Of course if you eat ANYTHING in excess it’s bad for you. If you ate nothing but kelp and liver, you’d get sick.

      I think the key is a balanced diet. All things in moderation.

      Reply
  • France @ Beyond The Peel January 31, 2012, 1:49 pm

    Great post Jill. I think it’s such an important reminder to people that sprouted grains and flours where nothing fancy a hundred years ago. It’s not until the industrial age that this changed. It correlates with so many of our eating intolerances that didn’t exist before then.

    I love all the information that explains the why.

    Reply
  • Doug February 4, 2012, 5:50 pm

    Again, I agree with Tina when she says that eating grain is not a healthy choice and I don’t recommend anyone eat milled grain – whole wheat/whole grain or all white. But the point of sprouting grain is to convert grain to a veggie – wheatgrass. That and the unlocking of nutrients in the grain that are otherwise unavailable until the grain is brought to life. Fermenting a flour (wheat-starch) based dough is preferable to an unfermented wheat-starch based breads because fermenting helps in the process of converting starches to simple sugars that are easier to digest but to get the full nutritional value of any grain, sprout it. It’s simple and it’s an ancient method of making bread.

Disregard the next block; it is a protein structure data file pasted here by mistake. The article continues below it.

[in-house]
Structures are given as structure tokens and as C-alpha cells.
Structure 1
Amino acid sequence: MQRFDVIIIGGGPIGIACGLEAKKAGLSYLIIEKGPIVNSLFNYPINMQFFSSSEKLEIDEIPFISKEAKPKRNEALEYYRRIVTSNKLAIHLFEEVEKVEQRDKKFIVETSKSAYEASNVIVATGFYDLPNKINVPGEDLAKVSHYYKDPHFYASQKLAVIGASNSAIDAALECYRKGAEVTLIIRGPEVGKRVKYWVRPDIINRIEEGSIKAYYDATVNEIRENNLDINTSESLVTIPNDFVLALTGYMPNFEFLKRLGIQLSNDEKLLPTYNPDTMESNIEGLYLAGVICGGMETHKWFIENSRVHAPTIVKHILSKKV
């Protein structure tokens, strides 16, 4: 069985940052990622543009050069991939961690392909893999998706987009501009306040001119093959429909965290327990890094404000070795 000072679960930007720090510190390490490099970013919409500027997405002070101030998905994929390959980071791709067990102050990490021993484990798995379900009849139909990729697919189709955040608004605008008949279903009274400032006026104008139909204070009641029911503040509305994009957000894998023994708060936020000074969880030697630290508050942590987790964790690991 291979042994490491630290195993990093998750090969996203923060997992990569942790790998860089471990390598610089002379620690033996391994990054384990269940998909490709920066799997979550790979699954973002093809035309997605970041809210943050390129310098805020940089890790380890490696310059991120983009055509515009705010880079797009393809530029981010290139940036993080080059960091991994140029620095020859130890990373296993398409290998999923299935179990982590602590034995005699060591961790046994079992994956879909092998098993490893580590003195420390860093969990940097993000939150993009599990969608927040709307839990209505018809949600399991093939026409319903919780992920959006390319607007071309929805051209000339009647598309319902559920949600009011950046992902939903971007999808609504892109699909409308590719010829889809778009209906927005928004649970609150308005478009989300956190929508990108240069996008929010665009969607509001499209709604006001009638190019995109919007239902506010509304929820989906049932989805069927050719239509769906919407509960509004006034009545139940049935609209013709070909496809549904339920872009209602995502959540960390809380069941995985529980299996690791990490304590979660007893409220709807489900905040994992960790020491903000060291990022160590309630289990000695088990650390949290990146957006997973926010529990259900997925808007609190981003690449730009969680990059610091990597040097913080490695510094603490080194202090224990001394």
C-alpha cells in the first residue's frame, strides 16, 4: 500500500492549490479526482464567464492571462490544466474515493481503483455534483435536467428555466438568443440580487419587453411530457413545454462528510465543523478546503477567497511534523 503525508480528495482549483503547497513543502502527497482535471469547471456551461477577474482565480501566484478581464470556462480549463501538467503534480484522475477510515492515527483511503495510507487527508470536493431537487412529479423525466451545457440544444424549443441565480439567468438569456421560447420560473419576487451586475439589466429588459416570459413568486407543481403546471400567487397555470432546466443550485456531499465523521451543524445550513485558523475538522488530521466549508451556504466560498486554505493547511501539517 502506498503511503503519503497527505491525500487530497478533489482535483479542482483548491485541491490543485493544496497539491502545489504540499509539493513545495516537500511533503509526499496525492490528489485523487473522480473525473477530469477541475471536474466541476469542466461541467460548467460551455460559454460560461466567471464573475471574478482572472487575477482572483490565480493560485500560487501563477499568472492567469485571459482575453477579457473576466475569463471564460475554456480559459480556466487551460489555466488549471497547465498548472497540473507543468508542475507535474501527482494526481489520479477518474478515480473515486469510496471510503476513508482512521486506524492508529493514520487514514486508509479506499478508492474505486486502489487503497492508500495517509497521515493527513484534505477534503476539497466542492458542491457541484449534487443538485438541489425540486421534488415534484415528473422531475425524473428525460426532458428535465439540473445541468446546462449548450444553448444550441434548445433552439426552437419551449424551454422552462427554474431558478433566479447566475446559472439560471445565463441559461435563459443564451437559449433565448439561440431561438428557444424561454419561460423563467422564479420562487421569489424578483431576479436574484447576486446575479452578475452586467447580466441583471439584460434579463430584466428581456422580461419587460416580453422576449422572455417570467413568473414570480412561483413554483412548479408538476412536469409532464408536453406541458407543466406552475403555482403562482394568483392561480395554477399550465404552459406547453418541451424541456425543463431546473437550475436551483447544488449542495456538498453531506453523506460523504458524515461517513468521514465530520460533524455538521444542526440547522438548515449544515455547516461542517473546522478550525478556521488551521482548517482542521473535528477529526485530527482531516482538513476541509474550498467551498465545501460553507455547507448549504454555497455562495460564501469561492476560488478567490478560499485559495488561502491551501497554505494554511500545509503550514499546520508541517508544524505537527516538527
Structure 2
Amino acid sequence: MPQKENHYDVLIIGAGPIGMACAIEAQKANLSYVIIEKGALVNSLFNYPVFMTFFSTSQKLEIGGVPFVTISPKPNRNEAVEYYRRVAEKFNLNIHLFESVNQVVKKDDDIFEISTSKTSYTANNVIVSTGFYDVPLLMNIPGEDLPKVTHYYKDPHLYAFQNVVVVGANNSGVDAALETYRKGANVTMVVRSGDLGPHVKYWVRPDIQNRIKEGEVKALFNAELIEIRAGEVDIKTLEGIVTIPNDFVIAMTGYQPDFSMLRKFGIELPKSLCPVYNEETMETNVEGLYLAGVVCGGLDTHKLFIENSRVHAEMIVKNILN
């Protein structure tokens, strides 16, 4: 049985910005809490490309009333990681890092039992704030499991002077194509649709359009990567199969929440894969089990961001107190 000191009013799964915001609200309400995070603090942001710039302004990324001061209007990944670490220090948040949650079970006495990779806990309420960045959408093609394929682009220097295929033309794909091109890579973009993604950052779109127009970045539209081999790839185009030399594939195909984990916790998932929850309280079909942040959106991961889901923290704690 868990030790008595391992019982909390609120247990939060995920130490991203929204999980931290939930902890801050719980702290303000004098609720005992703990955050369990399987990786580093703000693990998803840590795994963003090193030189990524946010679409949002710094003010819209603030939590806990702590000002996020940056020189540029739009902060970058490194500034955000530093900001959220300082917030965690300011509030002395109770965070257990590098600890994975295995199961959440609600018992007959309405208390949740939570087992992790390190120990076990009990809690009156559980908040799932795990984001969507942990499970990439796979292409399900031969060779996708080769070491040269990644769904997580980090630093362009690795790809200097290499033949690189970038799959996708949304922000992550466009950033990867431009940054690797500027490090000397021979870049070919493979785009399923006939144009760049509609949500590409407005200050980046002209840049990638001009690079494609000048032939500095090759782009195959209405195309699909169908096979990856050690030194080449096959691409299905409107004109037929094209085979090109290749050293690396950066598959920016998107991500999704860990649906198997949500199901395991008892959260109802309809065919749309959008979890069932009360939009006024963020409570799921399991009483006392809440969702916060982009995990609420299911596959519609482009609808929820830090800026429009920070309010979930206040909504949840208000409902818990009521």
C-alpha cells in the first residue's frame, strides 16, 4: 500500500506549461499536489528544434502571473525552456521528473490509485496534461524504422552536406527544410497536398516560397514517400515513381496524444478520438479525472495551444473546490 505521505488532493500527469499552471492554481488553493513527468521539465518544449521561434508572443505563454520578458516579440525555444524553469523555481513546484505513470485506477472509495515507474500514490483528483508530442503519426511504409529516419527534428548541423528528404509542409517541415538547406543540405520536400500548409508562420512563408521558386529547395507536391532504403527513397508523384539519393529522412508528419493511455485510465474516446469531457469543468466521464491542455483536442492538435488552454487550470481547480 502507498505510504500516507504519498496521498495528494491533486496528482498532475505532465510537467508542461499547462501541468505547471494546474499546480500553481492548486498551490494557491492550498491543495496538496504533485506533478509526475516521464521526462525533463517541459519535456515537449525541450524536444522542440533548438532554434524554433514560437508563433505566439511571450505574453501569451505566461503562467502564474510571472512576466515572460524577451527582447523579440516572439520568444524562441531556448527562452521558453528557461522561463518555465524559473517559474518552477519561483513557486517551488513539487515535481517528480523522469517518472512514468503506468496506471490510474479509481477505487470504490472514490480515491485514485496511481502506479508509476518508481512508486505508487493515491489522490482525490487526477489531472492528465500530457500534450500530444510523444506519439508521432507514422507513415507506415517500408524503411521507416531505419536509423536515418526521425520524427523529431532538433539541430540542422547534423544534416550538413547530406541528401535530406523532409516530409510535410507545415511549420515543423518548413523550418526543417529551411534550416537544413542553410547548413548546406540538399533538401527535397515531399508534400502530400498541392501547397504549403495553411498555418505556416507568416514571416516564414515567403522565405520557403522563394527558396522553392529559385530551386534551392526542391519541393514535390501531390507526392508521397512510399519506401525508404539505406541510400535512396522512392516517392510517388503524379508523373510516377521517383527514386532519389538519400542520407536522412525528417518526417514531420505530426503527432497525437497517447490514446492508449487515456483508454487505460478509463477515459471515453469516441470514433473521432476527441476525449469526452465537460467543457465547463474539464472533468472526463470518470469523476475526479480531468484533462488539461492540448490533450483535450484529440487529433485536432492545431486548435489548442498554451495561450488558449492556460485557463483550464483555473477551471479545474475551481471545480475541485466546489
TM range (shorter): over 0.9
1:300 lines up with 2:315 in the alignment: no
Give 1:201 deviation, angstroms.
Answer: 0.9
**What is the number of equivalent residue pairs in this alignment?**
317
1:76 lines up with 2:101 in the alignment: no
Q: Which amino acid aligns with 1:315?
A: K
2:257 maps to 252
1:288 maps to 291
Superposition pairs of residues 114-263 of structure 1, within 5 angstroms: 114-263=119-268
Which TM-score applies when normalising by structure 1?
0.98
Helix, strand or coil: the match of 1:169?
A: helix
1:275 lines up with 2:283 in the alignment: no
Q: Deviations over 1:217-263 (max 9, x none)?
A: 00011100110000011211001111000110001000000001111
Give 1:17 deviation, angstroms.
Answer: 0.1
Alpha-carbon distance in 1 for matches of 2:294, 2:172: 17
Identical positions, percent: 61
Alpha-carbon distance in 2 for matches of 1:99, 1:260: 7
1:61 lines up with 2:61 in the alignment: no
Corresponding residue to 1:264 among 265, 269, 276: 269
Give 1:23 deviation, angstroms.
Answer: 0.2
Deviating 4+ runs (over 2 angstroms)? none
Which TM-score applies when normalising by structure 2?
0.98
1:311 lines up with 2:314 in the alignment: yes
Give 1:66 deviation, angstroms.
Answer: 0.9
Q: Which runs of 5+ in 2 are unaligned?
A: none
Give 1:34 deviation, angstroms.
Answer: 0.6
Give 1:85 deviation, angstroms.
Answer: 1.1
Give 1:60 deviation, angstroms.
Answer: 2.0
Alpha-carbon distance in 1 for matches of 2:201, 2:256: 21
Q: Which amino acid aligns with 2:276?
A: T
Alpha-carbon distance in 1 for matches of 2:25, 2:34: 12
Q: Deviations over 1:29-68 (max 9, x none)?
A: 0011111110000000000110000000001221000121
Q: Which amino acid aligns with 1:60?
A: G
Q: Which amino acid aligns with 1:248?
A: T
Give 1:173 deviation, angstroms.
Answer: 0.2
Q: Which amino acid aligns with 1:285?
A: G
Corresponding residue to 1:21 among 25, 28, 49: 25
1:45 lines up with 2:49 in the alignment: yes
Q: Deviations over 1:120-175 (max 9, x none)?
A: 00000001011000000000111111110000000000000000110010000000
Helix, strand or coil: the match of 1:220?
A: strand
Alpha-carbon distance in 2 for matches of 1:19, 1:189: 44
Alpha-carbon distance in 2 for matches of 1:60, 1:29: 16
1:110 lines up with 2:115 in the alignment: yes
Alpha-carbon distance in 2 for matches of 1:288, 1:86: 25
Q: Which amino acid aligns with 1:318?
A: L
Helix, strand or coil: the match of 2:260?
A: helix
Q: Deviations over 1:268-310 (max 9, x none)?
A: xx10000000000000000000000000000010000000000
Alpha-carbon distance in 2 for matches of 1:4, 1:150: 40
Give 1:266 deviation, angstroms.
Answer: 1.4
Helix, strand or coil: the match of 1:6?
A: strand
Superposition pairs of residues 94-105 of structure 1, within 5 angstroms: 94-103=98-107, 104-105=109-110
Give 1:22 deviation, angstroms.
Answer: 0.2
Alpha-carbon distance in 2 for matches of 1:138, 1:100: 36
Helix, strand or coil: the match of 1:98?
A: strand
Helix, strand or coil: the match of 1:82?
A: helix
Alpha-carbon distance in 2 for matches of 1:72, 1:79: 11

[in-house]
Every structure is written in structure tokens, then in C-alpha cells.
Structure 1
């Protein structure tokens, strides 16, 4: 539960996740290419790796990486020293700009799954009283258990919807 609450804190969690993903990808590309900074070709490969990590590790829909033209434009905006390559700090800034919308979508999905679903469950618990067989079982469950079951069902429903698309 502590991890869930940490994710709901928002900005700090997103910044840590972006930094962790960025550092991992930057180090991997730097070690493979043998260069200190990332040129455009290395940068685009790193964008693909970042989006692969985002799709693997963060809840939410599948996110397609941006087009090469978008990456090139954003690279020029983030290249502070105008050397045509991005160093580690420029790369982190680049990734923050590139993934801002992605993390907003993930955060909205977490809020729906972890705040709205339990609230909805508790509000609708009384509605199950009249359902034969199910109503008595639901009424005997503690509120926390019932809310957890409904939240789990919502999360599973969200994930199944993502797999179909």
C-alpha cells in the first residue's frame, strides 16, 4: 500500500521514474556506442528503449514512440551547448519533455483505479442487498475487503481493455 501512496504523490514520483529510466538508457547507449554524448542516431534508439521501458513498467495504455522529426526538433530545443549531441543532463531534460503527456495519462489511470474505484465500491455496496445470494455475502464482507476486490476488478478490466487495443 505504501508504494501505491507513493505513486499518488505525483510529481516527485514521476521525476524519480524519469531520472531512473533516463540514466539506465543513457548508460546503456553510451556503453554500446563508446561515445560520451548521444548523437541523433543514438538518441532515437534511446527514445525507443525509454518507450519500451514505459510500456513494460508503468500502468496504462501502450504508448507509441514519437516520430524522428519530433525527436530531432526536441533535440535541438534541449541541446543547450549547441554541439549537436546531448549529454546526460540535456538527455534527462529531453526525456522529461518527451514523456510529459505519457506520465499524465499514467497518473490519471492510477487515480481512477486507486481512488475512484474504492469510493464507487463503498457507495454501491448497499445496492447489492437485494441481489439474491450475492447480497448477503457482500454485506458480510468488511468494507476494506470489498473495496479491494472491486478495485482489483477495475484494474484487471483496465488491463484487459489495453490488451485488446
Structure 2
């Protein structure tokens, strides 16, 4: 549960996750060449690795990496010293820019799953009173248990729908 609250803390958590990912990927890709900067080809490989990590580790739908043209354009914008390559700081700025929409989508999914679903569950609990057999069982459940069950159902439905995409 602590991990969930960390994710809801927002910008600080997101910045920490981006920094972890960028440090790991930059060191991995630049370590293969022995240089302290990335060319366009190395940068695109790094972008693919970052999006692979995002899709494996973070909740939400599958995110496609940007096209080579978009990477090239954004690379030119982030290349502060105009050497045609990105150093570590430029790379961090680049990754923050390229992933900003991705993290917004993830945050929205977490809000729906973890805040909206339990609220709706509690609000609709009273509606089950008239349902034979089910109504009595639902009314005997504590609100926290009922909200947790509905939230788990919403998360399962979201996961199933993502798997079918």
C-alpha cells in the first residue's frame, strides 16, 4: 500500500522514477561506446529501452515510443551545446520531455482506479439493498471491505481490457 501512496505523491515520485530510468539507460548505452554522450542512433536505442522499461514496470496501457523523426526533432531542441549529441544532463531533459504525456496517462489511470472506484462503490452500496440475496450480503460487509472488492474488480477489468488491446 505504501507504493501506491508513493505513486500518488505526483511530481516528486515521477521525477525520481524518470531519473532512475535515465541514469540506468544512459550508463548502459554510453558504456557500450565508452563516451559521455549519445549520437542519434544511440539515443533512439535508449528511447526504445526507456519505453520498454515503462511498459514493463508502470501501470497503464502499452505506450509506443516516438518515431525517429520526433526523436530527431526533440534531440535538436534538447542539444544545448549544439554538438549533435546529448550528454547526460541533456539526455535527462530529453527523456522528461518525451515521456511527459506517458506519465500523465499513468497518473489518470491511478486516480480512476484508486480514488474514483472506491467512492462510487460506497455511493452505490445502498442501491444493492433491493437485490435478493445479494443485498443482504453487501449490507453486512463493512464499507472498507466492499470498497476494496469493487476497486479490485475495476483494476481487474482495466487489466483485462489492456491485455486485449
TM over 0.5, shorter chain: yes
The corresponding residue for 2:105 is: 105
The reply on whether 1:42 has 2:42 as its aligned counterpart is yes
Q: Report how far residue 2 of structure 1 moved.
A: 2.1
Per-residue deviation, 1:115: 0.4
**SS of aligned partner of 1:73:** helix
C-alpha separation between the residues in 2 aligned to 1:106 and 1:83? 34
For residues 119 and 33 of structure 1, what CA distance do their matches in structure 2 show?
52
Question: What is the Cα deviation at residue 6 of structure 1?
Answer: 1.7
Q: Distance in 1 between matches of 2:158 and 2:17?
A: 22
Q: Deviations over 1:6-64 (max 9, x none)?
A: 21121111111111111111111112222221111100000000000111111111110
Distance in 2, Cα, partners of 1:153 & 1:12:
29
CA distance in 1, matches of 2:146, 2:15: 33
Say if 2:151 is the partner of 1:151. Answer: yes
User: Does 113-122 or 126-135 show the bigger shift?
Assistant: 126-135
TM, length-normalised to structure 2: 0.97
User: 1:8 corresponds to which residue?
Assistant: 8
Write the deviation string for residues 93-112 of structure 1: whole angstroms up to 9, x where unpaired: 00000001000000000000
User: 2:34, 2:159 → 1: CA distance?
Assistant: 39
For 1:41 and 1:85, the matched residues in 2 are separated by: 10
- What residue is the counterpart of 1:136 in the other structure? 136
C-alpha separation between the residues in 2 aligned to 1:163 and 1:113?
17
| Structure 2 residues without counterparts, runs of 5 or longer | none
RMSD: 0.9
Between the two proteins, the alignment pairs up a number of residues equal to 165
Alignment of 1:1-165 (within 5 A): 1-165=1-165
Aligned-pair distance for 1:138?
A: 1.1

Doug
    baker
    ccbandg

    Reply
  • Jessica February 9, 2012, 1:21 pm

    Very new to this – so it would help me out beyond measure!!!

    Reply
  • Lisa February 9, 2012, 1:23 pm

    This could save my family a ton – TON of money – I so hope I win, because no way can I afford it otherwise… Thanks so much for offering this!

    Reply
  • Susan with Permanent Posies February 13, 2012, 12:51 am

    Great info…..as ususal!

    Reply